Giving up your ability to make decisions that directly affect your financial and parental rights generally is not appealing, but there are times when going to court is the best option. A prime example is if your spouse is more interested in making the divorce process as difficult as possible than reasonably resolving the terms that remain undetermined.

Mediation May Be a Good Option

Mediation involves a professional mediator in the role of a neutral third party who will go back and forth between you and your divorce attorney and your spouse and theirs – helping you to explore potential term resolutions. Mediation can be very motivating and tends to elicit more authentic negotiations because it allows the involved parties to make their own decisions.

Mediation is only binding if both parties sign off on the final settlement obtained. At this point, the terms included become binding. However, if there are unresolved terms after mediation, you will likely need to address them in court.

An important point to make here is that, even if you have your court date scheduled and are moving toward trial, it remains well within your rights to resolve your divorce terms between yourselves up until the time the judge hands down his or her final orders.

Generally, attending mediation can be a great divorce negotiation strategy that saves time and money. However, if your spouse is absolutely not interested in engaging in fair negotiations, mediation can become just another step on the way to court.

If Your Case Does Go to Court, You Should Be Prepared

If your divorce case is headed to court, it is important to recognize that your financial and parental rights are too important not to bring your strongest case. The better you understand what is expected of you in court, the better prepared you will be to move forward with increased purpose and confidence.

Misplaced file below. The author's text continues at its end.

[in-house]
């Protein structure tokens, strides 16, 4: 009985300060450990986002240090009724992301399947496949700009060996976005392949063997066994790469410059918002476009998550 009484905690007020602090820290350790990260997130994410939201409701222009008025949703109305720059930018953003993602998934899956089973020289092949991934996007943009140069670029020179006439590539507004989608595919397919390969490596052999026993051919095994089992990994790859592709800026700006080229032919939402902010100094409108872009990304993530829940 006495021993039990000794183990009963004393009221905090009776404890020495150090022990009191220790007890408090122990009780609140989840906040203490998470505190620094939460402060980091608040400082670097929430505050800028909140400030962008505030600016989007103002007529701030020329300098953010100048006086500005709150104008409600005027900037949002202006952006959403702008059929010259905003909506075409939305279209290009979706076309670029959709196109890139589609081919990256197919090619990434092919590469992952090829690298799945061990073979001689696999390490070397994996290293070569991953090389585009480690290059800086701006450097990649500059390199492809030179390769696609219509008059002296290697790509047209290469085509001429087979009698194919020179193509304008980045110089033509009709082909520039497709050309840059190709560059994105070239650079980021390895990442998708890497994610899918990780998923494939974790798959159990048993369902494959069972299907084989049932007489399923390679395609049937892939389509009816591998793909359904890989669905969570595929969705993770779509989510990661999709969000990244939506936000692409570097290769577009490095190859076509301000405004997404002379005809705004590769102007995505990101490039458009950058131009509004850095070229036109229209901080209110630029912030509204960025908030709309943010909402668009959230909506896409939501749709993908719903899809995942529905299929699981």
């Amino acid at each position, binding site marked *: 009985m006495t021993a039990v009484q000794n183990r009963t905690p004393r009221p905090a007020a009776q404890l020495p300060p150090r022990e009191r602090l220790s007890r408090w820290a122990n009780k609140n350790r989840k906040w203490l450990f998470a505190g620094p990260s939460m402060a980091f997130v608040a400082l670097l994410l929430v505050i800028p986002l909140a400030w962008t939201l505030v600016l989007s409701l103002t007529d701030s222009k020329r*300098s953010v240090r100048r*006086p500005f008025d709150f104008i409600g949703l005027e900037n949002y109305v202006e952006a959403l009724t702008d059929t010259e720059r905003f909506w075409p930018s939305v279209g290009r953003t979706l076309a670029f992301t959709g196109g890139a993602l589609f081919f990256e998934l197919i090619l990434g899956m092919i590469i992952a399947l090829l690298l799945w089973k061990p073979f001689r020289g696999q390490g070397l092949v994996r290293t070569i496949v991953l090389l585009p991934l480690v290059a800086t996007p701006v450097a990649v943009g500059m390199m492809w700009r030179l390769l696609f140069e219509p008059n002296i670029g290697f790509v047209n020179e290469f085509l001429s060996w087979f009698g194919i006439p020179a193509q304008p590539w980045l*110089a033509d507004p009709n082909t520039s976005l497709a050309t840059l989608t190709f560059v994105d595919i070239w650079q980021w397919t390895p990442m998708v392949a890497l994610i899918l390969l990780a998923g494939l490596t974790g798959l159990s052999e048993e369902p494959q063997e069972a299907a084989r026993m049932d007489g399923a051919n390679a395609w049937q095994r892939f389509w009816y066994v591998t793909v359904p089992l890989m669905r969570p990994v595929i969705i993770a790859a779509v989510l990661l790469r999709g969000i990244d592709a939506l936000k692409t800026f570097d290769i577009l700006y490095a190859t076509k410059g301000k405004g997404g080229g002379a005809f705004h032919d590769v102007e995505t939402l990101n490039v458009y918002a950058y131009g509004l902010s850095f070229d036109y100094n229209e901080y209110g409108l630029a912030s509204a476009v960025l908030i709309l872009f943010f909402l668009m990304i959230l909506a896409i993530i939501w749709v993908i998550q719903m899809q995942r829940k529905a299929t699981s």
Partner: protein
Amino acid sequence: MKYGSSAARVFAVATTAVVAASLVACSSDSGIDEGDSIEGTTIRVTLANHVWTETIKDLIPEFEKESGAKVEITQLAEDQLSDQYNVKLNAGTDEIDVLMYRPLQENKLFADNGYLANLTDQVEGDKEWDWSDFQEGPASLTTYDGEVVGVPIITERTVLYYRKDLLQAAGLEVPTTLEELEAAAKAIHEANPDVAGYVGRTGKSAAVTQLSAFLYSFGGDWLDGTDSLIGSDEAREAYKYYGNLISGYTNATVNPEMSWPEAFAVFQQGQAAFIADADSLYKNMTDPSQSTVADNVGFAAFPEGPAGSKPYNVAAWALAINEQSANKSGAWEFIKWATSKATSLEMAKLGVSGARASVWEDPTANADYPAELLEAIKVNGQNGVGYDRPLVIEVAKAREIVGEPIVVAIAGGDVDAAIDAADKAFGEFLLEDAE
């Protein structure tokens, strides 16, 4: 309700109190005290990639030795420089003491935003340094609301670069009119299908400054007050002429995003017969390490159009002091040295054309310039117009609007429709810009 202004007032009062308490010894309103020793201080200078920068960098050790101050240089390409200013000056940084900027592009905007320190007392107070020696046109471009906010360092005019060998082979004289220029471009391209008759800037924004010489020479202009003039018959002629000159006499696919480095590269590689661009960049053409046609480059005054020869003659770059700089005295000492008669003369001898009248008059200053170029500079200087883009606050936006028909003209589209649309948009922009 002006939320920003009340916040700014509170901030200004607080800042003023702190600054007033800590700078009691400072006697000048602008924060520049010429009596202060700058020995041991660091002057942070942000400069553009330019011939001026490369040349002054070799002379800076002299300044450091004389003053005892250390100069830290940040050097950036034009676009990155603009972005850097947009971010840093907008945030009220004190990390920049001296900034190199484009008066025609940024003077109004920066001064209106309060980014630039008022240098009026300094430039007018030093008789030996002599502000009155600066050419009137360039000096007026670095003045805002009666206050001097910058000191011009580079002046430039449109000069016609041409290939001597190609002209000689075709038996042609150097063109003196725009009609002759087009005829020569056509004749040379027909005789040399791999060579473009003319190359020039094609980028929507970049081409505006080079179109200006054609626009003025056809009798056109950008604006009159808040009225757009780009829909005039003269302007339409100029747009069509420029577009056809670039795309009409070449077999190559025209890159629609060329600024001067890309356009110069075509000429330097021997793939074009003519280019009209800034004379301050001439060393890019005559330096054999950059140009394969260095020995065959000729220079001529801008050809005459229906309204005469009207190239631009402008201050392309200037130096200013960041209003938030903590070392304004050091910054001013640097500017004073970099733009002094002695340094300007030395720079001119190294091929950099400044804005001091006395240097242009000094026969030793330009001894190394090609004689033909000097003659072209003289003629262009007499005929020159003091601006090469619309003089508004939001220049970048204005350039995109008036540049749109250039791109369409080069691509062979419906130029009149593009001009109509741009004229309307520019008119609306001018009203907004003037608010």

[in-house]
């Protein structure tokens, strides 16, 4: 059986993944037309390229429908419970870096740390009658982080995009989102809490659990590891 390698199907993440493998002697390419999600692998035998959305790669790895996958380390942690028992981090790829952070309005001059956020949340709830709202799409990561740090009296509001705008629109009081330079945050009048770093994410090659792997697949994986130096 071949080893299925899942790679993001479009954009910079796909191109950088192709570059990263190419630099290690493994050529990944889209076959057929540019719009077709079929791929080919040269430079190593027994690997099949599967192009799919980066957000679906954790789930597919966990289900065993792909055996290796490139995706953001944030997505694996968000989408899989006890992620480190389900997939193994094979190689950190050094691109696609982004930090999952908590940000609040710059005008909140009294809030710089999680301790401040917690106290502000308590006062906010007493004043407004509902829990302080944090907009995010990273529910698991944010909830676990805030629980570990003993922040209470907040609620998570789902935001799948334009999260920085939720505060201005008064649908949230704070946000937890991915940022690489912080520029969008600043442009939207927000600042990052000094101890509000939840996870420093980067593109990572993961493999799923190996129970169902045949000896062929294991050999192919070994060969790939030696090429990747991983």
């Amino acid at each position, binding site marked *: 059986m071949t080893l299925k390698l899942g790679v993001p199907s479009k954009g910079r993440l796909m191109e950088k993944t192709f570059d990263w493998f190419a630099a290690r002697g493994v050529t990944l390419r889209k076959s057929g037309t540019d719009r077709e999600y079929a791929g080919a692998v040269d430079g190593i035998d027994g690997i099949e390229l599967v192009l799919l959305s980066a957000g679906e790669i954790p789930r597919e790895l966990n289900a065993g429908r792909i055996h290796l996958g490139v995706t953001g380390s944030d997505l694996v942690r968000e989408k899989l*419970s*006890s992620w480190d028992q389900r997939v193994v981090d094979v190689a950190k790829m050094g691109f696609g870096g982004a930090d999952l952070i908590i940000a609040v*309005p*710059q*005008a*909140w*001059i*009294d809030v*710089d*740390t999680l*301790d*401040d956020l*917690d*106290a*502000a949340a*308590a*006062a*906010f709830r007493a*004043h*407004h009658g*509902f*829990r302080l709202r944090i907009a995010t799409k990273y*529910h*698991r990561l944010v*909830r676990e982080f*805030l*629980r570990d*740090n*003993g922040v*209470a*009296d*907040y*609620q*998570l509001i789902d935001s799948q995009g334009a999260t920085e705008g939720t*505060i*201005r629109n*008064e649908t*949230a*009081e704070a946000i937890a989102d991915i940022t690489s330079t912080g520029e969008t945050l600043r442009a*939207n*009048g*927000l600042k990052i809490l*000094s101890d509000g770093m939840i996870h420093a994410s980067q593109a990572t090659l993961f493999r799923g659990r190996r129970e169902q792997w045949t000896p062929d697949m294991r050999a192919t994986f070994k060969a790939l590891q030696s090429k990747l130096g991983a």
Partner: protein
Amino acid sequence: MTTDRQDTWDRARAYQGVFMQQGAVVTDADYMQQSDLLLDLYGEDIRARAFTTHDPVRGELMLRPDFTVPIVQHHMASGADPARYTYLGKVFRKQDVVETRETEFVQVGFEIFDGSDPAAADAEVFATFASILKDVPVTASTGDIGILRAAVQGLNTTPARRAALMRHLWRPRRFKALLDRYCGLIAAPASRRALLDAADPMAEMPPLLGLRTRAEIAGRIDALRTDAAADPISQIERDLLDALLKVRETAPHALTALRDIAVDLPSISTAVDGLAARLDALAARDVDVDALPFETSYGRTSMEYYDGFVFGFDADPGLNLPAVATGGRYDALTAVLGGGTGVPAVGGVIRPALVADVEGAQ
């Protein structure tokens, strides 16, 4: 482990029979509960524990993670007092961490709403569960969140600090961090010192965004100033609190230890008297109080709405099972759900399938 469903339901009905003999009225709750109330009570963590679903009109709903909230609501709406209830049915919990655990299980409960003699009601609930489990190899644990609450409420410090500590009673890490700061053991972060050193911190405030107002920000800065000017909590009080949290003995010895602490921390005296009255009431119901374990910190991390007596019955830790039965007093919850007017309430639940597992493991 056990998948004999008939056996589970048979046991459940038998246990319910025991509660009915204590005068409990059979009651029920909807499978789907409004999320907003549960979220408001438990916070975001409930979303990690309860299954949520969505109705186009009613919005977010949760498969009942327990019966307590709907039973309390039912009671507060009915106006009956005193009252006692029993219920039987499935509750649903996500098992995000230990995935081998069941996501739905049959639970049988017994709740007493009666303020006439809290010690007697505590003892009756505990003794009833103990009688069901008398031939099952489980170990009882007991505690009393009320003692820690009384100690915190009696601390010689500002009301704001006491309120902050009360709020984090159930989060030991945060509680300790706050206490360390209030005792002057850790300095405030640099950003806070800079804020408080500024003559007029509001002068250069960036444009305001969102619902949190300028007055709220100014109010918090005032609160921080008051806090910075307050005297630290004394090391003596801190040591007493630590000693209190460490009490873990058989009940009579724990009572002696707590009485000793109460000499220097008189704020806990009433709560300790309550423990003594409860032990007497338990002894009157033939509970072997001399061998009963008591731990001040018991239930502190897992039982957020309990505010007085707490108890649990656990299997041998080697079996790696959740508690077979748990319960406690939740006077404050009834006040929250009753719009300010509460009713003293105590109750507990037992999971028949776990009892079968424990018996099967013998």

Your knowledgeable divorce attorney will help you prepare by learning the details of your case. Your divorce is unique, and being up to speed with the ins and outs of your specific case is critical. While your attorney will handle your case, the judge may ask you questions directly, and the better prepared you are to answer them, the better off you will be.

For more information on how to behave in court, read “Divorce: What to Expect at Family Law Court.”

Texas Does Not Recognize Legal Separation

Many married couples believe that not living together will eventually render them legally separated, but this simply is not the case. In Texas, there is no legal separation.

This means that while you and your spouse live apart, your separate financial situations (both the assets and the debts) will continue to accrue as part of your marital property, which is subject to division upon divorce.

Even if you and your spouse only obtain assets and debts in your own names, you will still both possess legal ownership of those assets and be legally responsible for those debts. In Texas, you remain married and your finances remain intertwined until you obtain a legal divorce.